The nuisance of begging... By Irum
01 January, 2013
Begging is a serious social problem in many developing countries because of poverty and unemployment. There are so many beggars in Pakistan that we just do not know who the 'deserving' ones are. We cannot resist giving something to child beggars but, at the same time, one does not know what they will use the money for. The truth behind the begging 'industry' is spine chilling. It has been shown that beggars are not independent but are instead part of a very dense network of criminals — the beggar mafia, which recruits abducted or trafficked children, chops off their limbs and forces them to beg on the streets. The children are given a target for money collection and if they do not meet it, they are tortured and abused in the most unimaginable ways.
Furthermore, in order to make sure these children do not run away, they are drugged and made into addicts. There are many reasons behind this begging phenomenon. Some people are physically incapable of doing work as they are disabled and there is no other way for them to earn, some people take to begging due to religious sanction — some religious teachers encourage people to become beggars — and there are also organisations in which they train children. Female beggars play on human emotions by showing medical prescriptions while carrying newborn babies and begging people for money. On the other hand, young children, mostly young males, choose new tactics like cleaning one's car screen at traffic signals. Some pretend to be blind to gain sympathy.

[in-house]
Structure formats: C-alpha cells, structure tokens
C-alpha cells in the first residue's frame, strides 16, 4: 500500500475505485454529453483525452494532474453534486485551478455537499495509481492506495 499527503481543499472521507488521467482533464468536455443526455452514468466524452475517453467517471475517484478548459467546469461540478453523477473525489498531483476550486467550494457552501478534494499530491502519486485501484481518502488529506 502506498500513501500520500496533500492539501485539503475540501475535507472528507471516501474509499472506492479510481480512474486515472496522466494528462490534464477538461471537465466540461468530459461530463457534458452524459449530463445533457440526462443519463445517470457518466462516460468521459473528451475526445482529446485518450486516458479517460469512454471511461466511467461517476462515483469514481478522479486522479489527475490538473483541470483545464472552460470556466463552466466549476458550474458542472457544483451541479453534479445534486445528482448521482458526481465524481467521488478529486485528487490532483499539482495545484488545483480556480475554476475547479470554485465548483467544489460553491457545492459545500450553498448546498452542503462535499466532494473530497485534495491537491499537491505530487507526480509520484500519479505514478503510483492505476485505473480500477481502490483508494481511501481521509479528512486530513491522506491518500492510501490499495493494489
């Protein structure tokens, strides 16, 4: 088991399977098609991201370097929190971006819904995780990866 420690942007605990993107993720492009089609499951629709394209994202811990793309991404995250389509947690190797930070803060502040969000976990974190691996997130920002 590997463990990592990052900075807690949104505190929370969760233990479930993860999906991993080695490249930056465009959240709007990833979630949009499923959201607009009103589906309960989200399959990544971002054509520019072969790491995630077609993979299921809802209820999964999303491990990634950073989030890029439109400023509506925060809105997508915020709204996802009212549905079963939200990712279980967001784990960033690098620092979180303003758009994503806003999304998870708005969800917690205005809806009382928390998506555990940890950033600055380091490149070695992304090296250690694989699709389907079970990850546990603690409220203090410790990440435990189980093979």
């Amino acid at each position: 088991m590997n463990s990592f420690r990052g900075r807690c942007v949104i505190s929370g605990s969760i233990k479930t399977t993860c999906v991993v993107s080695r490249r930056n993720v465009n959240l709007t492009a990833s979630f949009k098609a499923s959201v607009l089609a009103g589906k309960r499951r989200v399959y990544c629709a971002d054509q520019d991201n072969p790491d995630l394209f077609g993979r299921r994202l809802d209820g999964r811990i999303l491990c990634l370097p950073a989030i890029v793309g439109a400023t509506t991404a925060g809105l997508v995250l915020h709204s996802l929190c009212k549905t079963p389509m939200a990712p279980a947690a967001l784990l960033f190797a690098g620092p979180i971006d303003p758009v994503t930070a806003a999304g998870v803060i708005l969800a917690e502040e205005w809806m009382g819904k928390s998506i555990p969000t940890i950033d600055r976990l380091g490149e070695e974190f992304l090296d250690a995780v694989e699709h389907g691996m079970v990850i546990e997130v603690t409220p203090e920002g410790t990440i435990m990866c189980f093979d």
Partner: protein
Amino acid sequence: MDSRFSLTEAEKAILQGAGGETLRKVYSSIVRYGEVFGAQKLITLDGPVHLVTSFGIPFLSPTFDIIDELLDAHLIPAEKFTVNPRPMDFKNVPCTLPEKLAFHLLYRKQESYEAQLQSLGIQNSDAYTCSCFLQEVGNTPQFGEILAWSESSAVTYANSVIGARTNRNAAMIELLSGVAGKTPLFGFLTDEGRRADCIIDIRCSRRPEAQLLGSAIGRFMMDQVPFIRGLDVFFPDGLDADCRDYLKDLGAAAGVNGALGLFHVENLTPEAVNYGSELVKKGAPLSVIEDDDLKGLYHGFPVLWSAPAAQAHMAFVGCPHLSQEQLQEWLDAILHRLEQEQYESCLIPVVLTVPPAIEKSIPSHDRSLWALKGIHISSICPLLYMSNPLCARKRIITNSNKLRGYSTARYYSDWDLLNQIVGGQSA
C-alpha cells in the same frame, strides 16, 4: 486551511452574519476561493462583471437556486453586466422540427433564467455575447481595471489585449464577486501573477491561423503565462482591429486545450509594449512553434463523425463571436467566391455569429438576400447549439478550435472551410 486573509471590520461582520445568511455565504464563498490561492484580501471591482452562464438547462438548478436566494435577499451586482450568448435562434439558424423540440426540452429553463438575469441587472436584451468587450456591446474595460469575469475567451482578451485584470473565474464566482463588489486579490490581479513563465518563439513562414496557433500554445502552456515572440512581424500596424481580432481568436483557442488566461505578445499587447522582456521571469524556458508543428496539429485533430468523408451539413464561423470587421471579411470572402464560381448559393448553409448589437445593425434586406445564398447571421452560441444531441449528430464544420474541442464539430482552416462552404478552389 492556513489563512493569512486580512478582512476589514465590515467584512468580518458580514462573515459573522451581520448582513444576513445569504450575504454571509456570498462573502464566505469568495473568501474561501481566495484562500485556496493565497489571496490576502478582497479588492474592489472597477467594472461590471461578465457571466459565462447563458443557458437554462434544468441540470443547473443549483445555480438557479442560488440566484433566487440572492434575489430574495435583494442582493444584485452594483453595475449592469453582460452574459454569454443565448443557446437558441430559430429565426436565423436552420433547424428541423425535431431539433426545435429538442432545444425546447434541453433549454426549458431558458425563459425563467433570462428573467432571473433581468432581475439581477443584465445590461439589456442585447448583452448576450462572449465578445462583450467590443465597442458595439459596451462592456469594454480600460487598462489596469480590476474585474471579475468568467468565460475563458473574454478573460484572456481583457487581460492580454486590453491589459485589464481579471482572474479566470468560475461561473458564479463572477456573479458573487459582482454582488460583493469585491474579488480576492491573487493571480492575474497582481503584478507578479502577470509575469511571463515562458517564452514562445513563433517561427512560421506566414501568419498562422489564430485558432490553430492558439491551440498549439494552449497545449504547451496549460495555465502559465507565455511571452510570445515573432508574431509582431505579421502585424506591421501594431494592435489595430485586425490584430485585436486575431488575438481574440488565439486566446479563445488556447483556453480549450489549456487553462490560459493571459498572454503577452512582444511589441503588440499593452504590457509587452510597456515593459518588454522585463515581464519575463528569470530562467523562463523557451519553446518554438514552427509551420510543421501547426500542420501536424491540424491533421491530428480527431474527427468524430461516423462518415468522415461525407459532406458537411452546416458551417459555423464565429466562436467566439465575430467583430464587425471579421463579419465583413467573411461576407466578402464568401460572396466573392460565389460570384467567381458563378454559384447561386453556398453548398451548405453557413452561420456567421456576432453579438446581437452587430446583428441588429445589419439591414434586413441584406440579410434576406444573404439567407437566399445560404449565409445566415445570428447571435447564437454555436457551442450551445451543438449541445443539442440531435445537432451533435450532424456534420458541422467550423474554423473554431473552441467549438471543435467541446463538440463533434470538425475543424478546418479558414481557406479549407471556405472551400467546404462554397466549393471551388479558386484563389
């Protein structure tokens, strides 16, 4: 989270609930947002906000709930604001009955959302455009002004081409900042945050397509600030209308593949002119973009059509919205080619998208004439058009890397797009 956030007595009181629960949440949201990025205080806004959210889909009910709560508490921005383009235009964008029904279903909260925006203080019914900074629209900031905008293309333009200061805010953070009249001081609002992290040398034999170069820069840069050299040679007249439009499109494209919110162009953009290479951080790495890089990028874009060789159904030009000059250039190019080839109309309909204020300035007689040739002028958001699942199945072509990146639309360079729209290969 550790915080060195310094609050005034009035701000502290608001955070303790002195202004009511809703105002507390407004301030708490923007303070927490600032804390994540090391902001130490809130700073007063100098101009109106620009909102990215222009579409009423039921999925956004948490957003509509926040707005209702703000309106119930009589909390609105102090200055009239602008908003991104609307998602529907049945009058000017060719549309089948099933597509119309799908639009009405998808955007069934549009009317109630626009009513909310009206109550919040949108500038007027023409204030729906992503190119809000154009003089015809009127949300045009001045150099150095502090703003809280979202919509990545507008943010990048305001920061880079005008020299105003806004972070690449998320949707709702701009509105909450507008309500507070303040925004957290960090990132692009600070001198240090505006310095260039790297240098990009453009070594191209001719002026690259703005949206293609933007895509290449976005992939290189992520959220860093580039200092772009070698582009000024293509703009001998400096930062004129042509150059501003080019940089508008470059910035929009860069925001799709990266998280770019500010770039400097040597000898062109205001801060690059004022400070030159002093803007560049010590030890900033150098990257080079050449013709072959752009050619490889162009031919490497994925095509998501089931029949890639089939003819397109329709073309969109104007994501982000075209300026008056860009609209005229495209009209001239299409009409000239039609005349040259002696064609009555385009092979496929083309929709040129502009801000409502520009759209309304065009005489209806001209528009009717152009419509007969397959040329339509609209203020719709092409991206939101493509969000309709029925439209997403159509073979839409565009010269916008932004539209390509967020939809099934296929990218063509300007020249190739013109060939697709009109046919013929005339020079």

Some NGOs in Lahore have collaborated to prepare a useful training manual for street children, which provides them with means to better cope with the hazards inherent to their circumstances. More NGOs, particularly those concerned with illiteracy, should turn their attention towards street children, even if it requires extra effort and enticement. The World Health Organisation (WHO) affirms that imparting street education is an effective way of protecting vulnerable children against hazardous behaviour, sexual abuse and disease. Trying to educate such children in their neighborhoods could prove more fruitful than many futile NGO attempts to enhance universal literacy by wrangling with the public education system. The need of the hour is to put this social evil to an end. Healthy beggars should be made to work, and disabled, crippled and blind beggars should be maintained at state expense. They should be kept in some suitable houses outside the city where they are fed at government expense.
As a nation aspiring to achieve higher living standards, we should take effective measures to curb the rising begging problems in our country. There should be more use of the mass media to create awareness and there should be universal education free of cost to distribute the light of knowledge among these people. Not only should begging be declared illegal by an act of parliament but public opinion should also be educated against it. Those who give alms to strong and able-bodied men, women and children should be punished. Begging should be banned in Pakistan by law.